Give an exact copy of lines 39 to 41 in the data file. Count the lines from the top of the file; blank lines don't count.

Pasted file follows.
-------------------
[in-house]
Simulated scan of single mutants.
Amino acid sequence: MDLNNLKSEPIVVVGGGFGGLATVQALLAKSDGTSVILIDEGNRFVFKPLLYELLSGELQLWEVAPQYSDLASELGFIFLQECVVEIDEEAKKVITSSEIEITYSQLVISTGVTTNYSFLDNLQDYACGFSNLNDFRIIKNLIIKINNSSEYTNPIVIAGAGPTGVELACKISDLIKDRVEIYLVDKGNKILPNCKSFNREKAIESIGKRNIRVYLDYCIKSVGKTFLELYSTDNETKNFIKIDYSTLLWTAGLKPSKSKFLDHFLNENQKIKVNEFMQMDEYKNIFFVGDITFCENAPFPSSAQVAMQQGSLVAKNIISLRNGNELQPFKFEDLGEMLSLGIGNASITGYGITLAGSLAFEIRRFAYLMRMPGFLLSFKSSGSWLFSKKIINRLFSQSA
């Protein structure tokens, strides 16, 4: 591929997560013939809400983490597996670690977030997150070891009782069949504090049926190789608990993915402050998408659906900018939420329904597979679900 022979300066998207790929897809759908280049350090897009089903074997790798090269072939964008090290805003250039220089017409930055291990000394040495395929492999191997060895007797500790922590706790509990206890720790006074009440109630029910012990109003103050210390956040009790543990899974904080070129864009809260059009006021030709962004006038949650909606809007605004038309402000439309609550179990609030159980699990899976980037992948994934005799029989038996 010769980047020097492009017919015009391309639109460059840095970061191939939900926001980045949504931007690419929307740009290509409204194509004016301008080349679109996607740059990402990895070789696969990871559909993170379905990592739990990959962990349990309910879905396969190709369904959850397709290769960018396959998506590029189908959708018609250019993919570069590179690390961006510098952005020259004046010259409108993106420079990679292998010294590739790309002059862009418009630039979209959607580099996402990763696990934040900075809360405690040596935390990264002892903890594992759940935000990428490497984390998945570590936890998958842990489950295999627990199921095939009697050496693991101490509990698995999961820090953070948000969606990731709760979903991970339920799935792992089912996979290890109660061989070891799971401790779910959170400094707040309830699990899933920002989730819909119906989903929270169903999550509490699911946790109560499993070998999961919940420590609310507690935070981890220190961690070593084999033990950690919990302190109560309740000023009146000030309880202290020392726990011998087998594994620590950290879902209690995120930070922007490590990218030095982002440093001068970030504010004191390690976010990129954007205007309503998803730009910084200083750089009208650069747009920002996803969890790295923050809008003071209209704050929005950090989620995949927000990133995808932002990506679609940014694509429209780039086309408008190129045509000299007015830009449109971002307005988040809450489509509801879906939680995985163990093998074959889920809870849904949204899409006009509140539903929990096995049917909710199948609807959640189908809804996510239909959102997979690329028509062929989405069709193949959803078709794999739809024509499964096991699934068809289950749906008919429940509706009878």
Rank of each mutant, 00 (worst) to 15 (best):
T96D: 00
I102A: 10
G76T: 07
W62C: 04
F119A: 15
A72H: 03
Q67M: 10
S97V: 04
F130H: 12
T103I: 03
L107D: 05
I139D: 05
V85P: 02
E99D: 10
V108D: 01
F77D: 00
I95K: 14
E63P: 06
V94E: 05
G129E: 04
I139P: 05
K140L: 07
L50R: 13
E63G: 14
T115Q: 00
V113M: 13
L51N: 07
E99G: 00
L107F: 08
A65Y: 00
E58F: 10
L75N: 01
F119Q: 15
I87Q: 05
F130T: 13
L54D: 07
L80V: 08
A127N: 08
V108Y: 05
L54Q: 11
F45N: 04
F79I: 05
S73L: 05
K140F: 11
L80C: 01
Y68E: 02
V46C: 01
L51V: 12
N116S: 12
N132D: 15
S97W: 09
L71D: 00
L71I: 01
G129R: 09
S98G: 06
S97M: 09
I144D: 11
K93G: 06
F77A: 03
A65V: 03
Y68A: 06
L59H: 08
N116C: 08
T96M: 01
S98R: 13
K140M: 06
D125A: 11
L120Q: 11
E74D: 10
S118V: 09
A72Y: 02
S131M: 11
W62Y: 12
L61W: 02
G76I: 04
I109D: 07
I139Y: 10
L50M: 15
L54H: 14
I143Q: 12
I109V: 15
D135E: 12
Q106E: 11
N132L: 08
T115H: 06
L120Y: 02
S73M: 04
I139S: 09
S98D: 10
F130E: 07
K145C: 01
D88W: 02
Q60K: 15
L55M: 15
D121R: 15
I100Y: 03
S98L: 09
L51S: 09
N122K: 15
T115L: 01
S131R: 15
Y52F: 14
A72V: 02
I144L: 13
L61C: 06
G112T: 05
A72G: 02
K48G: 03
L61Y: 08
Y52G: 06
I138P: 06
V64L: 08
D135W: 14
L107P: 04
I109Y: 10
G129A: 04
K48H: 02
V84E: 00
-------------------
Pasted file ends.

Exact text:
I87Q: 05
F130T: 13
L54D: 07